Have you ever seen a certain reality TV show where a real estate agent prompts first-time home buyers for a list of their “must-haves” and budget? The agent then spirits them off to a beautiful home that meets all of their requirements and needs, with the exception of the asking price. Hopes are dashed, even though it is likely that anyone appearing knows they are being set up for disappointment.
We find that nearly half of the DB to DC transition studies have been attempted previously by the organization. Why have they failed in the past?
The short answer is unrealistic expectations. Expectations make it difficult for decision makers to reach a consensus, ultimately crippling any chance of progress unless they are reset. Additionally, change is disruptive. Overhauling a retirement program takes thoughtful consideration and time. A successful transition requires making tough decisions that directly affect employees and their future security. Unfortunately, there is no panacea.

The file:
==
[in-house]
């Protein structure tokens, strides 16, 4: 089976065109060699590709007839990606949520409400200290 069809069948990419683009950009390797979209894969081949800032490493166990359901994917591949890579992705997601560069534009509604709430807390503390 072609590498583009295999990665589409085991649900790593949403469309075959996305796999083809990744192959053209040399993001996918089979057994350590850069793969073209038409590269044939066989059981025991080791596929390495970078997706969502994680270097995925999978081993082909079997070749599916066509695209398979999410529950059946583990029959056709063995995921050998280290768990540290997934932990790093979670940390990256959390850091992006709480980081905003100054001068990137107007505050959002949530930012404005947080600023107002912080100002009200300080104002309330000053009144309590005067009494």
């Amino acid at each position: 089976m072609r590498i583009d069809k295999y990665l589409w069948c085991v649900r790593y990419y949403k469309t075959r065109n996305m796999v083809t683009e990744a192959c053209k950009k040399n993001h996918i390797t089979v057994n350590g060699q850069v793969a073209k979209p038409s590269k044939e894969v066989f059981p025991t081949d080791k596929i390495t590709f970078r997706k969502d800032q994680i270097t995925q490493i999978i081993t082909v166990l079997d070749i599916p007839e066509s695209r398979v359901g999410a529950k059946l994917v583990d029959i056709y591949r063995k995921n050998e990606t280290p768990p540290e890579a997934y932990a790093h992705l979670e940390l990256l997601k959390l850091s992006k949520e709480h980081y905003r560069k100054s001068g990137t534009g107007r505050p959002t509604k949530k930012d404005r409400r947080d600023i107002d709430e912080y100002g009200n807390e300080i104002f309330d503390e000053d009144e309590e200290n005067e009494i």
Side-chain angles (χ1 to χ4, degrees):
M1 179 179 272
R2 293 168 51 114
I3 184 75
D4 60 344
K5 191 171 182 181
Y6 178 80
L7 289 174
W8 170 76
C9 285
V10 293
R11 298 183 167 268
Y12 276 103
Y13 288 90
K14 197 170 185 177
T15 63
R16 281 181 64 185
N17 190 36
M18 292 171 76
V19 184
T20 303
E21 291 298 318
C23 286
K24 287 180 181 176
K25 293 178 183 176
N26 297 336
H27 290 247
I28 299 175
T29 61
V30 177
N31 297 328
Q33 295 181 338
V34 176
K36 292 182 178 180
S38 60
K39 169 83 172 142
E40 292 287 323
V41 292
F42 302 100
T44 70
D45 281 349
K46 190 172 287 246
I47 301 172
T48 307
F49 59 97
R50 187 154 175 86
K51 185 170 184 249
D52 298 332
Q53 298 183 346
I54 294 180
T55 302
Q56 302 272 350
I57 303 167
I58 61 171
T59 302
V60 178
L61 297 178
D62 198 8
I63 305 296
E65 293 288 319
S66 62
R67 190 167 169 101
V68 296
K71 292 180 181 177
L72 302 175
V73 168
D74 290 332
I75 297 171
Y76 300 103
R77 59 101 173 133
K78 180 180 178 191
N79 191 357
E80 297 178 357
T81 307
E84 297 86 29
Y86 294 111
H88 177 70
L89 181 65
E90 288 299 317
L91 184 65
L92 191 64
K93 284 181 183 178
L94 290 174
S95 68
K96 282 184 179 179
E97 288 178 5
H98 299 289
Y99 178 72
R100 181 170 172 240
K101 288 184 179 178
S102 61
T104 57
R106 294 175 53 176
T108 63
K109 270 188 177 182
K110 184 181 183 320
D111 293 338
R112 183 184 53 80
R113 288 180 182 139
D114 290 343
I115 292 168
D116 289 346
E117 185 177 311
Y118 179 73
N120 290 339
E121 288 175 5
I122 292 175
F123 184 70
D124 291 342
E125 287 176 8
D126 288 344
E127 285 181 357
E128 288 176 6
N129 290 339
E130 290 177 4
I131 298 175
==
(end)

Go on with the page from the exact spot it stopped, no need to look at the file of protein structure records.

We find that the two most common stumbling blocks to a successful transition are:
- Accepting that there will be winners and losers, and that the losers will overwhelmingly be older employees with longer tenure
- The expectation that the organization will begin saving money right away
The truth is that a DC plan cannot replicate the same level of benefits for all employees under an existing DB plan. As older employees near retirement and grow closer to receiving benefit distributions from the plan, their liability and corresponding cost to the employer increases significantly. DB plans attribute more of the employer’s contribution to older employees who represent a larger share of the plan’s liability, than similarly situated younger employees who have the benefit of time and compounding on their side. Conversely, the cost of a 25-year-old employee who is 30 to 40 years away from collecting benefits is minimal. Allocating such a large proportion of benefits to older employees in a DC plan is generally not allowed due to the nondiscrimination rules set forth by the IRS. Although some disparity is allowed, it is not enough to overcome the “value of youth”.
Because the DC plan is unable to replicate the value of benefits earned under the outgoing DB plan, transitioning to a DC style plan is typically beneficial for younger employees and painful for older employees. The break point is different for each organization and depends on a number of factors and assumptions, such as the structure of the new DC plan, the benefit formula of the outgoing DB plan, and the assumed rate of return generating earnings under the DC plan.